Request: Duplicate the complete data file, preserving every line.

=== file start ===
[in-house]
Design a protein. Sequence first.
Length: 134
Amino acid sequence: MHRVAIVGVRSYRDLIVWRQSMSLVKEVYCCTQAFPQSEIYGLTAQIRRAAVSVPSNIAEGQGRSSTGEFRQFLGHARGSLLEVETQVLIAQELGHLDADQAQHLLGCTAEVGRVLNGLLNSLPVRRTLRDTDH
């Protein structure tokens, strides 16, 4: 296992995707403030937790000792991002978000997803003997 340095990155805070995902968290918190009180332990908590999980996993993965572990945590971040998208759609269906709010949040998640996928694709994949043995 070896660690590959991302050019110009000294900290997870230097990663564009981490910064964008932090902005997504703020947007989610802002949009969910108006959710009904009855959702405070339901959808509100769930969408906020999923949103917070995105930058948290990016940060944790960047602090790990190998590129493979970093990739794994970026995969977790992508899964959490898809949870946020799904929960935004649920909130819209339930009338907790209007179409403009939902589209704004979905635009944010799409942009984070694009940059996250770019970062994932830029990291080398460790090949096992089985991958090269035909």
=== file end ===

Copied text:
[in-house]
Design a protein. Sequence first.
Length: 134
Amino acid sequence: MHRVAIVGVRSYRDLIVWRQSMSLVKEVYCCTQAFPQSEIYGLTAQIRRAAVSVPSNIAEGQGRSSTGEFRQFLGHARGSLLEVETQVLIAQELGHLDADQAQHLLGCTAEVGRVLNGLLNSLPVRRTLRDTDH
């Protein structure tokens, strides 16, 4: 296992995707403030937790000792991002978000997803003997 340095990155805070995902968290918190009180332990908590999980996993993965572990945590971040998208759609269906709010949040998640996928694709994949043995 070896660690590959991302050019110009000294900290997870230097990663564009981490910064964008932090902005997504703020947007989610802002949009969910108006959710009904009855959702405070339901959808509100769930969408906020999923949103917070995105930058948290990016940060944790960047602090790990190998590129493979970093990739794994970026995969977790992508899964959490898809949870946020799904929960935004649920909130819209339930009338907790209007179409403009939902589209704004979905635009944010799409942009984070694009940059996250770019970062994932830029990291080398460790090949096992089985991958090269035909």